During the first days of the full-scale Russian invasion of Ukraine, the invading forces were moving to Kyiv. One of the barriers on the way to the Ukrainian capital is the Irpin River. The river waters suddenly rose and pushed back the Russian army, forcing them to abandon the tanks and military hardware on a trail. That was the first time reflooding of wetlands ecosystem in the Kyiv region in more than 70 years.
A miracle didn’t happen and flooding had pretty strategical reasons. Jasper Humphreys, director of programs for the Marjan Study Group in the department of war studies at King’s College London, which researches conflict and the environment, called it warWilding. The capital second letter ‘w’ in the word should express the importance of wilderness. Meaning is “the creation or even sometimes the destruction of habitat as a result of the tactical manipulation of nature“.
I woke up in the middle of the night, a few days after reading the ‘hero river’ story in the Guardian about how the Ukrainian army reflooded the dying Irpin River and its former wetlands to save the Ukrainian capital… and I just sat up in bed and whispered to myself, ‘It’s warWilding’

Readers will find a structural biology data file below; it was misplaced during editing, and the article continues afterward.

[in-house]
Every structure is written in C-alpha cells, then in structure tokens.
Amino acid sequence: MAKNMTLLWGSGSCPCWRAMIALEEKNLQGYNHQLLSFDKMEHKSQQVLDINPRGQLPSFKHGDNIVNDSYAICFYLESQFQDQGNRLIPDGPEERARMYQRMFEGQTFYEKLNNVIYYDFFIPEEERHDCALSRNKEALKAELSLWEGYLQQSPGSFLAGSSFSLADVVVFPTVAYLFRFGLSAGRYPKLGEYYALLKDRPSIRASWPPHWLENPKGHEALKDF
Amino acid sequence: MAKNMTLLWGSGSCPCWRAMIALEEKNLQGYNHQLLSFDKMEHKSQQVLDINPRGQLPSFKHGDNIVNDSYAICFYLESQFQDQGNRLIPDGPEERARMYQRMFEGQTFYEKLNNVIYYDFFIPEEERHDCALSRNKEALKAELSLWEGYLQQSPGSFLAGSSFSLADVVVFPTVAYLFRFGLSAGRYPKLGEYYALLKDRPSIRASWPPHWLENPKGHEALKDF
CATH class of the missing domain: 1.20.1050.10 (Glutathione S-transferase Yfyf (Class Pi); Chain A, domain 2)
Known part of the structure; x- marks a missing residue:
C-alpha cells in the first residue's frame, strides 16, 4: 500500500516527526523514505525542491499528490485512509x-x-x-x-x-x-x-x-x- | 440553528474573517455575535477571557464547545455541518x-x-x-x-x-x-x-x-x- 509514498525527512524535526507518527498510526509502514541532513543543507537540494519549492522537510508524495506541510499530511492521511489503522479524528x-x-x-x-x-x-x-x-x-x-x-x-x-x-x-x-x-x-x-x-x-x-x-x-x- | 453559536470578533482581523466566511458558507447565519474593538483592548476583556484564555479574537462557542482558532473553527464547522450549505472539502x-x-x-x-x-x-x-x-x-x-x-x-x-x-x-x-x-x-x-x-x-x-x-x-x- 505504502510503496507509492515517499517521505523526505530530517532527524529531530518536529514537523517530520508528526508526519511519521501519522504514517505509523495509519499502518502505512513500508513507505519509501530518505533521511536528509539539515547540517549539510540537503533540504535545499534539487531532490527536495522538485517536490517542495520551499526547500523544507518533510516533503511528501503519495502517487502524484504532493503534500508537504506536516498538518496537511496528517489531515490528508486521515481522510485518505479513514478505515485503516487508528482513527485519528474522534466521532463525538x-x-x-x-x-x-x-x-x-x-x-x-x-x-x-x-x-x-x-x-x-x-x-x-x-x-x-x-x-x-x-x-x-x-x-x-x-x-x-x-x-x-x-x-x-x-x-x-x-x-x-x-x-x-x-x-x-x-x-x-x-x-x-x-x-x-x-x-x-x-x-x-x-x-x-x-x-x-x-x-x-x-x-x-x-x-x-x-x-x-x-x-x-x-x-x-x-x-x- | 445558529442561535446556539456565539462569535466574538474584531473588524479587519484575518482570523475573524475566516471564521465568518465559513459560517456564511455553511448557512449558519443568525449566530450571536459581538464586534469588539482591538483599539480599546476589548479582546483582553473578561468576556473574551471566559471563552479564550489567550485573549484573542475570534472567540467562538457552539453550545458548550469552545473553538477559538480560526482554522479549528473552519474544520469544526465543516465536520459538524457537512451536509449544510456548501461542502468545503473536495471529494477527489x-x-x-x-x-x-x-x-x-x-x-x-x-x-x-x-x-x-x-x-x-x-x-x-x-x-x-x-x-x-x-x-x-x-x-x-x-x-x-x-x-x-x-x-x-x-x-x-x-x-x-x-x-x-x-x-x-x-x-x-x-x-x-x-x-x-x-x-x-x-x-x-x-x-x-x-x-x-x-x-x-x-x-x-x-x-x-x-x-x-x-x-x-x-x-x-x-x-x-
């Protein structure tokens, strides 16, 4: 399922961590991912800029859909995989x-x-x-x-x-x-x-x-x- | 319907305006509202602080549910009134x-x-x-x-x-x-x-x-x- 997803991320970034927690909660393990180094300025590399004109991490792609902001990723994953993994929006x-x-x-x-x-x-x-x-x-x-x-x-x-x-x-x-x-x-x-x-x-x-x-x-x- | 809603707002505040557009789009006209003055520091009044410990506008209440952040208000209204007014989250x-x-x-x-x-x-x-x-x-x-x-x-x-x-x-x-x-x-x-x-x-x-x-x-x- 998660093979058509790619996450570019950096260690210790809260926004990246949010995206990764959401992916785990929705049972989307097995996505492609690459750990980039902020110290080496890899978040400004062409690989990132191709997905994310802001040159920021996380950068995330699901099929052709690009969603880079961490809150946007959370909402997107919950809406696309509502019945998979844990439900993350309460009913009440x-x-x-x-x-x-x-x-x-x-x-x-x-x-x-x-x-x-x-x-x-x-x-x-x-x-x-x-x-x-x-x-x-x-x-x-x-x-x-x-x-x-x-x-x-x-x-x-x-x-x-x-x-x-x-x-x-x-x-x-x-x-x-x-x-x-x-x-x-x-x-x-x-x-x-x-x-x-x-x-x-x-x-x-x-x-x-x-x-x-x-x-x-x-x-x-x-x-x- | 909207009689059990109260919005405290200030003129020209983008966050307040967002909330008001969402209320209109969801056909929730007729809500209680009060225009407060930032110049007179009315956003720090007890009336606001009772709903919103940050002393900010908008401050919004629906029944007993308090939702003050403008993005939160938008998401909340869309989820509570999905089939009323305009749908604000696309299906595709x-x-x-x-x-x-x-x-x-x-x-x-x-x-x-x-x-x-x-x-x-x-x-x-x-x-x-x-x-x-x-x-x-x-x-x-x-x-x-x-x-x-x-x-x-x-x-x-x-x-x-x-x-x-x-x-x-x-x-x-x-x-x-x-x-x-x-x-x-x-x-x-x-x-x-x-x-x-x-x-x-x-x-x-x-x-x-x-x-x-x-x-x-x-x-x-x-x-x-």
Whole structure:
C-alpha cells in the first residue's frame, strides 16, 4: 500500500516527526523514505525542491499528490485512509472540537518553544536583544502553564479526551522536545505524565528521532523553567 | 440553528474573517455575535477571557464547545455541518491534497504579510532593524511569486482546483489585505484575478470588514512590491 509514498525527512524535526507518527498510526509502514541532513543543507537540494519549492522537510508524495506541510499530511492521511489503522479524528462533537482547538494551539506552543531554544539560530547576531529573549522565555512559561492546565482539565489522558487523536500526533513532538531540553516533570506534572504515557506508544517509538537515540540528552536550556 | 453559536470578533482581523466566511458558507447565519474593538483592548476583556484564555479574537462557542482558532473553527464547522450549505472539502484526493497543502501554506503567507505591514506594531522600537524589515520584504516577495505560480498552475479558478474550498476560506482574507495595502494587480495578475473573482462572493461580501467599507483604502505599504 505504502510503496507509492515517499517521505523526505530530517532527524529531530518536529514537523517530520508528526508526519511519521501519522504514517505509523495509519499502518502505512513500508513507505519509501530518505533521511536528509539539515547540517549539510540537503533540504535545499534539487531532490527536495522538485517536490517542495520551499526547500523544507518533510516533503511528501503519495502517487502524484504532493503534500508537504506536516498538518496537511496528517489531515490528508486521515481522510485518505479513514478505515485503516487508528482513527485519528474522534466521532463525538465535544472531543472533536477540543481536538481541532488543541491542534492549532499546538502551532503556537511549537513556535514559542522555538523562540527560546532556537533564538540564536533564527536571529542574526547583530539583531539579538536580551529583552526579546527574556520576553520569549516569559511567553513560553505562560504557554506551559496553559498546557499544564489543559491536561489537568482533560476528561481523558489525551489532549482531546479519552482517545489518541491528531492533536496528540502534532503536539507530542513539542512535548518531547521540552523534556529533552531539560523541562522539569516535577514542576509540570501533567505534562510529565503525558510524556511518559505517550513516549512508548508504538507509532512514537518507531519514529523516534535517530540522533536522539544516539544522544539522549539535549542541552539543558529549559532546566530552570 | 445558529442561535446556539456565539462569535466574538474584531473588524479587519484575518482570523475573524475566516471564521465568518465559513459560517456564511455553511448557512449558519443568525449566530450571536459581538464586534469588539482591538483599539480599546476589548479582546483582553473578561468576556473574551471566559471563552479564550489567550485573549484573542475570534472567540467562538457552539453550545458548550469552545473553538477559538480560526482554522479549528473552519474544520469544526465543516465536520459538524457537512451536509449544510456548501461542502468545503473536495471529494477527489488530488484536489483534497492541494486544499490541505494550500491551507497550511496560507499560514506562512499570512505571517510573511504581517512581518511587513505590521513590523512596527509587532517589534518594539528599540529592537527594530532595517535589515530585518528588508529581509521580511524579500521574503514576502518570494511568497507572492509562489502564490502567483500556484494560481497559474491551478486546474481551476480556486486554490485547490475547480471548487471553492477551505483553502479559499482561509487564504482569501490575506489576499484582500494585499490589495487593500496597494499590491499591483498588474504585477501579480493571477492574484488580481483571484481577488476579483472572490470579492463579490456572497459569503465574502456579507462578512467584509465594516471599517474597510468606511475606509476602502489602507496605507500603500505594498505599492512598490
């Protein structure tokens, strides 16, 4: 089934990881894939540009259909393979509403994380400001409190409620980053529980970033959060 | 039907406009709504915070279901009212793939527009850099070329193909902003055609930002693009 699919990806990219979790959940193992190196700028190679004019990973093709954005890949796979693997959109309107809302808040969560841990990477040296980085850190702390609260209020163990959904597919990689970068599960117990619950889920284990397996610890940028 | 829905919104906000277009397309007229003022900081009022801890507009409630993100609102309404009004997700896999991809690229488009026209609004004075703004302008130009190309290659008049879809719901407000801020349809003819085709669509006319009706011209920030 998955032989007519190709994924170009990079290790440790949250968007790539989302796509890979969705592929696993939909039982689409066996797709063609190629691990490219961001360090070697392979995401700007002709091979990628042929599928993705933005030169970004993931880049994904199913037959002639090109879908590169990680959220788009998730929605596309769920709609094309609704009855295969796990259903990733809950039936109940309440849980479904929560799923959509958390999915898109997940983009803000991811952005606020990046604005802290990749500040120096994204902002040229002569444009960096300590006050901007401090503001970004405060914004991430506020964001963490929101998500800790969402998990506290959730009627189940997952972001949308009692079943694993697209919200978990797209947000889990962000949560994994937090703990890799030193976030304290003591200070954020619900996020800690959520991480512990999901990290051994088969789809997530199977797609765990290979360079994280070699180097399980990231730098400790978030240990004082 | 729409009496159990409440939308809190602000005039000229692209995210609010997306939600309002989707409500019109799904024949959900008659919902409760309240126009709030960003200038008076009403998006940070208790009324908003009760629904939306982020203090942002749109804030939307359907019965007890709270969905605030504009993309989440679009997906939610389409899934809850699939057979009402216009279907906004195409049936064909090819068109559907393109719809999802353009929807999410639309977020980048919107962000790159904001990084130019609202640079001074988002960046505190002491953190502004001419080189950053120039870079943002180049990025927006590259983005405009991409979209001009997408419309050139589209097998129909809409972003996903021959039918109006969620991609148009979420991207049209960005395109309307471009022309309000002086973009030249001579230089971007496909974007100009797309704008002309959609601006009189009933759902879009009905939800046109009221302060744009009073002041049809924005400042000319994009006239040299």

Potentially, WarWildings are a great opportunity to save massive wilderness and create buffer zones around them to build a base for long-term peace.
Humphreys mentions Gorongosa Park in Mozambique as a successful example of warWilding. The park was almost destroyed at the time of the civil war, but thanks to coordinated actions and investments afterward, the population of lions and elephants bounced back.
Similarly, a restored Irpin riverine ecosystem would be a monument to one of the most legendary warWildings in history, a biodiversity hotspot with safaris for tourists, and a wilderness barrier protecting Kyiv from invaders for hundreds of years
Unfortunately, not all warWilding events had a positive impact. The flip side of the coin is the complete demolishing of some natural habitats for the smooth moving of the troops or creating better observing points. For instance, Saddam Hussein’s army drained the marshes in central Iraq and the [ethnic] cleansing of the Ma’dan, or Marsh Arabs.
Humphreys tends to believe that warWilding term can be useful for describing indirect “wild” trends in military areas, such as regeneration of abandoned farmlands or interruption of commercial forestry, fishing, and farming.